Thu 28 Feb 2019
Historically, the property market doesn’t fare well in the midst of political and economic uncertainty. In the current climate and, on the uncertainty scale of 1 to 10, we’re undoubtedly in double figures as parliament lurches from one Brexit debacle to another.
It’s natural, then, for potential home sellers to defer moving decisions whilst the housing picture remains cloudy. Committed buyers are fewer in number and become more ‘price sensitive’. But this scenario has existed for some months causing a pent-up demand which has to bubble over at some point. A slower supply of property to the market has tended to balance out the weaker demand and, whilst prices have slipped a little in our local market in the second half of 2018, we have not experienced the sharp fall which the uncertain climate
would typically dictate.
The Bedford market is closely linked to that of the capital where the slowdown in the prime central London market began soon after the Brexit referendum. Indicators are now beginning to point towards a rise in buyer demand as speculative investors sense an opportunity for a deal. Some commentators suggest that buyers waiting for a Brexit deal may miss a trick. In the past, the ‘ripple effect’ from the City has had a positive impact on Bedford as commuters, in particular, seek the more affordable option.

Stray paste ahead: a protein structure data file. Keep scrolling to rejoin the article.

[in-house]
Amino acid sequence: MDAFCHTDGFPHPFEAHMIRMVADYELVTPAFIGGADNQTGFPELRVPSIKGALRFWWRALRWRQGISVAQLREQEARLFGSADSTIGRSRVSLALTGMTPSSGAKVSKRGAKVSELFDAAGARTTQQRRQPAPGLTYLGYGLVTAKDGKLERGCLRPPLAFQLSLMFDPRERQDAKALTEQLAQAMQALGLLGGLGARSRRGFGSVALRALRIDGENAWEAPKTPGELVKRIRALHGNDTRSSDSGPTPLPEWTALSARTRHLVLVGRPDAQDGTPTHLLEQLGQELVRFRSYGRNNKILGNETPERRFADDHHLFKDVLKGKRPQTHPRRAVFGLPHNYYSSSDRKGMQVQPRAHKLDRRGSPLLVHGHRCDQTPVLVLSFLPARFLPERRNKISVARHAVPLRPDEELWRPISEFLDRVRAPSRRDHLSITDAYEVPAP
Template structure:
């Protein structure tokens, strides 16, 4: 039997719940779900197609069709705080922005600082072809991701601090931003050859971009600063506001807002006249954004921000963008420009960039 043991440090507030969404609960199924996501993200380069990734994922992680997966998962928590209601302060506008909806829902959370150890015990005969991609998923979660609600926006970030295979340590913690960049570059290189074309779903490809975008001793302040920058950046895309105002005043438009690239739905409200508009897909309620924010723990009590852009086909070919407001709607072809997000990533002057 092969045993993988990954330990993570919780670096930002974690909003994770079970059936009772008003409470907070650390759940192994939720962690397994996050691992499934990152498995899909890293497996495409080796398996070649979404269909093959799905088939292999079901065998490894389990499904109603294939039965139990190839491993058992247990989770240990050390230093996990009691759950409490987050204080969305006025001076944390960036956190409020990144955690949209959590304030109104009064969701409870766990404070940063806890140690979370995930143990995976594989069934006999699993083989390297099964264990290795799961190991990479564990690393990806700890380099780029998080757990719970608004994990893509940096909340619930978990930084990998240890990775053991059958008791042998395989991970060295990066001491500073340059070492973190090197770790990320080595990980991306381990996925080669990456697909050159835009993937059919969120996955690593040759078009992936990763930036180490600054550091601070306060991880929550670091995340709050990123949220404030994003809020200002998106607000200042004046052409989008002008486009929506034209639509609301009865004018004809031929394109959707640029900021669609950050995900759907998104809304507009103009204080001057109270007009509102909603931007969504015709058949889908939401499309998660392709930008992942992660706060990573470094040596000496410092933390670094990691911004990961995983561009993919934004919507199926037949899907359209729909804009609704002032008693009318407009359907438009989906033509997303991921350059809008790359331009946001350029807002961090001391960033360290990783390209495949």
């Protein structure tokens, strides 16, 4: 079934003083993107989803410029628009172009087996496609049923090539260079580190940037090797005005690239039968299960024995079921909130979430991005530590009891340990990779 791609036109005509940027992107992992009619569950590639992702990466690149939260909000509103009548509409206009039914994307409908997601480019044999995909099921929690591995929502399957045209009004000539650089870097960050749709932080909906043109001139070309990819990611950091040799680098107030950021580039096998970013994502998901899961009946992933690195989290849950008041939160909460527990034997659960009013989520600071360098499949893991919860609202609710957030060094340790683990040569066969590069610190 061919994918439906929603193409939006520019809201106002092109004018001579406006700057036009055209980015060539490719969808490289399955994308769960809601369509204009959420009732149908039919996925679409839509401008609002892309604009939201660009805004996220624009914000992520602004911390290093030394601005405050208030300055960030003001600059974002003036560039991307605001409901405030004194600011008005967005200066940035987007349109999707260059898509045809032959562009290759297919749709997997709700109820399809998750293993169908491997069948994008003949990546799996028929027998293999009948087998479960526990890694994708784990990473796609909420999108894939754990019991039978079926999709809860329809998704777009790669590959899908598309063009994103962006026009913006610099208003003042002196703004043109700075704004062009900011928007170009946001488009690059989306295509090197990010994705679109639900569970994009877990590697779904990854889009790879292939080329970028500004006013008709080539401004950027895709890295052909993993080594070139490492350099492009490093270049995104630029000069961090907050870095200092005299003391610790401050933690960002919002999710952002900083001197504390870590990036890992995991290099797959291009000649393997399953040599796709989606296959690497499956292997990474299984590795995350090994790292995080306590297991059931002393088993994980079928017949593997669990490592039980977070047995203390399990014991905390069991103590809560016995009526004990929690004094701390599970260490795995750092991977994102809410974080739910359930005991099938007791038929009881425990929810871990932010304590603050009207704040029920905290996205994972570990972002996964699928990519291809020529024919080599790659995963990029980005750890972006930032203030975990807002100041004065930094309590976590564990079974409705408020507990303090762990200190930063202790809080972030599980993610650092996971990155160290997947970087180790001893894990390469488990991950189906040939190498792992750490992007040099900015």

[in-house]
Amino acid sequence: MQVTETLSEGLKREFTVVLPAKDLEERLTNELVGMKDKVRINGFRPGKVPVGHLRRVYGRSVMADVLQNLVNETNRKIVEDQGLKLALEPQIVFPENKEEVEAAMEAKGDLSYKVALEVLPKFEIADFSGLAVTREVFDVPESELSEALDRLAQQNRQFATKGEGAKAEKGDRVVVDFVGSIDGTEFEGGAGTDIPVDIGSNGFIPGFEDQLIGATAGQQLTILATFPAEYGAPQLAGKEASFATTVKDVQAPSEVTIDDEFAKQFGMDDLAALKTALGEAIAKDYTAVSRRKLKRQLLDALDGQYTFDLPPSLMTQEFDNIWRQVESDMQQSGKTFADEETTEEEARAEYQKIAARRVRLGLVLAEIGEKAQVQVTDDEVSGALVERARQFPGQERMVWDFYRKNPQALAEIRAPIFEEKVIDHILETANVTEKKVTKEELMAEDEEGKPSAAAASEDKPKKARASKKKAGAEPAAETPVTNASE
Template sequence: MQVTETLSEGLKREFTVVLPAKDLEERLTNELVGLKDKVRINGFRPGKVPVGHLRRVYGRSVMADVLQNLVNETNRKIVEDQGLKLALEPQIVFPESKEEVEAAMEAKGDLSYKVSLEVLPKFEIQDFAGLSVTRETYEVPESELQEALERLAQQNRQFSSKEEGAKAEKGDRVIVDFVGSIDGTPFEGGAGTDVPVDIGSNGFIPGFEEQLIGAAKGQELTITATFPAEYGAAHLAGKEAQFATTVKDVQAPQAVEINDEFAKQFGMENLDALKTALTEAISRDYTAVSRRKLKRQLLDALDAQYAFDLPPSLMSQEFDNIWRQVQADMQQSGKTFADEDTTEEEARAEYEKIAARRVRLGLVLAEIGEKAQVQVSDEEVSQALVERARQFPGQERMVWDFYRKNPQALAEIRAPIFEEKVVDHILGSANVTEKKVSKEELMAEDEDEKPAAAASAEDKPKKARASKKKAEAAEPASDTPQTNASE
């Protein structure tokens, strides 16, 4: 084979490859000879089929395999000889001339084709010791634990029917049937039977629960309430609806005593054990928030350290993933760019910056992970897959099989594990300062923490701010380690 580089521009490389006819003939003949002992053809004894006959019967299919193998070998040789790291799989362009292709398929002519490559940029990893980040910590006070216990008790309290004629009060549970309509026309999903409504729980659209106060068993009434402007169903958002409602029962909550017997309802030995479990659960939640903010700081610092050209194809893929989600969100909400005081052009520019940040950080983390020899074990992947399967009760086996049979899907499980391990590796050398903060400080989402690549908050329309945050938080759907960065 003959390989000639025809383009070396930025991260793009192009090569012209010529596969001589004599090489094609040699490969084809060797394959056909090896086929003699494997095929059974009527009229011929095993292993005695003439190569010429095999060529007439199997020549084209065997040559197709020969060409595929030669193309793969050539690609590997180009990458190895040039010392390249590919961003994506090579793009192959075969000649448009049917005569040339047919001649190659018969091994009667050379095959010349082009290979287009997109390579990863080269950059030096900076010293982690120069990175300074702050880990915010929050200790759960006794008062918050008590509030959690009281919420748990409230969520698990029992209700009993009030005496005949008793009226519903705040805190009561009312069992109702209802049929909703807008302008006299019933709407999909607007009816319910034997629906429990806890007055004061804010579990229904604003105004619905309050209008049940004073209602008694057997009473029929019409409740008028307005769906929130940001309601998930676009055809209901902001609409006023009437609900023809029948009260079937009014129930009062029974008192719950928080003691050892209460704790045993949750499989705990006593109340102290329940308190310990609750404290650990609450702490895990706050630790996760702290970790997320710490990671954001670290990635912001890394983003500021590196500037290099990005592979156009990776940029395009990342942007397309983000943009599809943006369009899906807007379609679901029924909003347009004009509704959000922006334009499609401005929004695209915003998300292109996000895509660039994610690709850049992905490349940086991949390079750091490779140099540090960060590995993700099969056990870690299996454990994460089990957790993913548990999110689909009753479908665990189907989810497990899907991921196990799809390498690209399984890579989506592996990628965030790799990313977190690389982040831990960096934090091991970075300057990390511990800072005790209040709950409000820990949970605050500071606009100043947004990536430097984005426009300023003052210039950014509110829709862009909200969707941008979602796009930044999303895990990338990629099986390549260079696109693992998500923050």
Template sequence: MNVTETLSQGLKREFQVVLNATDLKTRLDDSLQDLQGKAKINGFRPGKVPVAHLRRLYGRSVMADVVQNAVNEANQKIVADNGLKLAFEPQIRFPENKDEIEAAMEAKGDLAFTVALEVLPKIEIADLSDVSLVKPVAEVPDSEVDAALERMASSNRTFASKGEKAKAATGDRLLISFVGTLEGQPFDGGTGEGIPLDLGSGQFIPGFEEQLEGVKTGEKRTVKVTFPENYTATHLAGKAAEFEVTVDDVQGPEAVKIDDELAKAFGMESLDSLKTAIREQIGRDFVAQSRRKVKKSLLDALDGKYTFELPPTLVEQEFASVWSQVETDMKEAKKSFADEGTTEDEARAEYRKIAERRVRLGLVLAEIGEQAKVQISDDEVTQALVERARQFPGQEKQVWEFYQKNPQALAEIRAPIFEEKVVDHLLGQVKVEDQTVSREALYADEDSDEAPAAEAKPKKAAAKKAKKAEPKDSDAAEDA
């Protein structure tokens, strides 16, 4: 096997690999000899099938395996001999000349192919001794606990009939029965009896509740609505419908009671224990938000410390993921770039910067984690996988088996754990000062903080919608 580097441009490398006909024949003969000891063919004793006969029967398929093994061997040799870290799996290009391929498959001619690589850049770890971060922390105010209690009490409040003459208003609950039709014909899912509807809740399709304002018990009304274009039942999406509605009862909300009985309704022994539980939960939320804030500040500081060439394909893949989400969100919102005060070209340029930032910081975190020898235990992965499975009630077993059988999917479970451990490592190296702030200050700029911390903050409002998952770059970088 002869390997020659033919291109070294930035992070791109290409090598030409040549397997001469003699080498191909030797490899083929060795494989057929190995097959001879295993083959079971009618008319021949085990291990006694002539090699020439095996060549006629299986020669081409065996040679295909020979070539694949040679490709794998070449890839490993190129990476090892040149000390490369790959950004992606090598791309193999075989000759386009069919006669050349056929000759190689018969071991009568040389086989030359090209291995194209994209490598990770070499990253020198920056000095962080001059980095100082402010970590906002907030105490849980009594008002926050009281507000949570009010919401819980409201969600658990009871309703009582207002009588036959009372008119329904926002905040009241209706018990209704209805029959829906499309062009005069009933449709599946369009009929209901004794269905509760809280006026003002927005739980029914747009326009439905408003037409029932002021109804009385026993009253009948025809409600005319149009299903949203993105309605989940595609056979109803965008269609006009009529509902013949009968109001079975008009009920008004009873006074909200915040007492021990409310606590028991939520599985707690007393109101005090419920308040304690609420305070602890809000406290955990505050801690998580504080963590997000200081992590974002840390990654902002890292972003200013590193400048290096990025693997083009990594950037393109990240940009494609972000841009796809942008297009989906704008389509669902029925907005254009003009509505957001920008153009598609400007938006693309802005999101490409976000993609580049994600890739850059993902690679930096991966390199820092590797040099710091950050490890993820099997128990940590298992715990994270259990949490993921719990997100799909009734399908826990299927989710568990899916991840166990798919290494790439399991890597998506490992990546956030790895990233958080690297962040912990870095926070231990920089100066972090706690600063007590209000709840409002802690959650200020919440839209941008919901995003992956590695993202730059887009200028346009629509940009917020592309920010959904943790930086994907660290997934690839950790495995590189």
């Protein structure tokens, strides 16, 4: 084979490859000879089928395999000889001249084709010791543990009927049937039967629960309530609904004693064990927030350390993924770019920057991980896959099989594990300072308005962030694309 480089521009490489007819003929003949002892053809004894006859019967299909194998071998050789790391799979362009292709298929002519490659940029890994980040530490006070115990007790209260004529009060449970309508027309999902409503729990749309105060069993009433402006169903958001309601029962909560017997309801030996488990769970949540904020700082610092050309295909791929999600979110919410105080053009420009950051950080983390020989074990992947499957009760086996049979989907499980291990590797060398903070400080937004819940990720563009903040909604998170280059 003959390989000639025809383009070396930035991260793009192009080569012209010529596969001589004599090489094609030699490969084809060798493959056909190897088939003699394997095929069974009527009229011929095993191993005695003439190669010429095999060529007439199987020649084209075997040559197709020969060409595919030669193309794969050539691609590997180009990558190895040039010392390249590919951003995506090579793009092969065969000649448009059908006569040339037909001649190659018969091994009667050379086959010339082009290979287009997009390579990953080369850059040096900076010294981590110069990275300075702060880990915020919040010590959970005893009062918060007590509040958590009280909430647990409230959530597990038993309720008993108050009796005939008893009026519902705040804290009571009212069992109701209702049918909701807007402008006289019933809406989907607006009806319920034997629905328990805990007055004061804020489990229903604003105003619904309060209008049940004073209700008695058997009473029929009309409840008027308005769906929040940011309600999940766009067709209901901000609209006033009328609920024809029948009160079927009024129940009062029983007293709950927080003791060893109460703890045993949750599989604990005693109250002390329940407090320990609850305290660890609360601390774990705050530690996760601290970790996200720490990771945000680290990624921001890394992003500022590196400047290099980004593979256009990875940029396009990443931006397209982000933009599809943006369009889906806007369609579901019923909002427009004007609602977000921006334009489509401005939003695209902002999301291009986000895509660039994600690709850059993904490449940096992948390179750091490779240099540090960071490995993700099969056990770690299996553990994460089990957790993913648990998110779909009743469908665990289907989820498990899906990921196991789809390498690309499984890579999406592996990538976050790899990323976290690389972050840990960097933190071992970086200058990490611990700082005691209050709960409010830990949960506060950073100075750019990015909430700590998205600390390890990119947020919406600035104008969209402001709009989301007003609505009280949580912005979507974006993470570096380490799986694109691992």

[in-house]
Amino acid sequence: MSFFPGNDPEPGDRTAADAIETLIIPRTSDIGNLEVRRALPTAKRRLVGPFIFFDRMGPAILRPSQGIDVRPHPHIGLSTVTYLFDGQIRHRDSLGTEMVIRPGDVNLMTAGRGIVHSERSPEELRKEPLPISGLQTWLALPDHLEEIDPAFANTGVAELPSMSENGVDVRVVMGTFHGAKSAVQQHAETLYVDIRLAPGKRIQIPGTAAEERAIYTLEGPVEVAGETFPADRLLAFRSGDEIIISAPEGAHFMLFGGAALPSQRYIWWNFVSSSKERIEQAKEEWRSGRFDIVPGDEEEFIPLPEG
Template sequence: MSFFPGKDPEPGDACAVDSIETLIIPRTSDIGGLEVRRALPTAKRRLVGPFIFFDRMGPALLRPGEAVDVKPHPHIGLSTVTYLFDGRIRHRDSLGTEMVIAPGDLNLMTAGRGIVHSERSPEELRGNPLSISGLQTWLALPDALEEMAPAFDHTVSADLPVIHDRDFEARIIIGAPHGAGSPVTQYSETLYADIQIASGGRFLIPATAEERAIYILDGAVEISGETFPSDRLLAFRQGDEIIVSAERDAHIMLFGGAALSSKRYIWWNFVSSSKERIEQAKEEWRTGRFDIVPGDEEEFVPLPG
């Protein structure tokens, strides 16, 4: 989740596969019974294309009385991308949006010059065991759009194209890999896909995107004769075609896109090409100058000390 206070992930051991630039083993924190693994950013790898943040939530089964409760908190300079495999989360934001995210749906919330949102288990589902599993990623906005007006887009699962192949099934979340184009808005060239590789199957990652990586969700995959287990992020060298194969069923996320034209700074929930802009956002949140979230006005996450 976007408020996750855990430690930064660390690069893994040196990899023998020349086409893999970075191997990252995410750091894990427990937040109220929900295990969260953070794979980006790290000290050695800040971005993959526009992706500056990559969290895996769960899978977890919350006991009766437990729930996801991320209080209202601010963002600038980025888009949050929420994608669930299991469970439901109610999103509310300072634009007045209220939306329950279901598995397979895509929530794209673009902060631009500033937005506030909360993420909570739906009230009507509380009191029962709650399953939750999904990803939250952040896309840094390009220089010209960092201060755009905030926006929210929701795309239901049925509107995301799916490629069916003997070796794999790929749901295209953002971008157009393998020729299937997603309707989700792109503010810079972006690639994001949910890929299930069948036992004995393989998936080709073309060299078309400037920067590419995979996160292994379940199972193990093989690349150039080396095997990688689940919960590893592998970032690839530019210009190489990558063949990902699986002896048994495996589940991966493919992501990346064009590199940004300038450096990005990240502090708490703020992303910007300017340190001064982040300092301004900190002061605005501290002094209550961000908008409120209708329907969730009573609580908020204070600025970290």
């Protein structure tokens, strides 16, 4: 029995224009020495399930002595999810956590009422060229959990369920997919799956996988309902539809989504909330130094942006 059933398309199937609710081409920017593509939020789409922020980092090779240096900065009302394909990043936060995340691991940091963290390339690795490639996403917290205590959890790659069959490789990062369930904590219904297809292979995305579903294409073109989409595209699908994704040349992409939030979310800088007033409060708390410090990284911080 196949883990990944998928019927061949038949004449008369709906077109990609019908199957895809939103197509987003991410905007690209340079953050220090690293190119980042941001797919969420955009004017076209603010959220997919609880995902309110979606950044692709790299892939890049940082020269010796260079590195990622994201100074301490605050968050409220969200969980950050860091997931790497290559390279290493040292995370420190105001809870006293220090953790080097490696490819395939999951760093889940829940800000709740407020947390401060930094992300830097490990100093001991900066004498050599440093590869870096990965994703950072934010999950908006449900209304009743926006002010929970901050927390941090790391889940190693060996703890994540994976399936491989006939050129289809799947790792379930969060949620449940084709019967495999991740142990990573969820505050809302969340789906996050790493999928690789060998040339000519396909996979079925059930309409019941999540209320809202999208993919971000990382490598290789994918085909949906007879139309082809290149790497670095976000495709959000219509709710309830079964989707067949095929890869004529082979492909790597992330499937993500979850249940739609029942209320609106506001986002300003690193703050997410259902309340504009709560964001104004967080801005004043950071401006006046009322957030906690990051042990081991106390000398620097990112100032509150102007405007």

Buyers with a solid buying status still hold the whip hand over motivated sellers but the lack of choice is a factor. For those homeowners with equity to play with, the benefits of securing a firm sale today strengthens their buying hand and allows them to drive a deal on a related purchase. Lenders are still offering very competitive deals and mortgage finance may not remain at its current affordable level for much longer – particularly if the UK crashes out of Europe with no deal. Locking in to a low rate today could save a significant sum in years to come.
So, whilst the economic and political storm clouds still gather, the UK’s faith in bricks and mortar remains robust. A shortage of housing stock will exist for the foreseeable future and, whilst sellers are having to chase buyers a little harder, opportunities still exist. Whatever the wider conditions, individuals and families are still motivated by the extra bedroom, larger garden or relocation for schools and there comes a time when such movers will throw caution to the wind. Those homeowners delaying until the picture becomes clearer may find this decision to be a more expensive one.
Director - Hollands Smith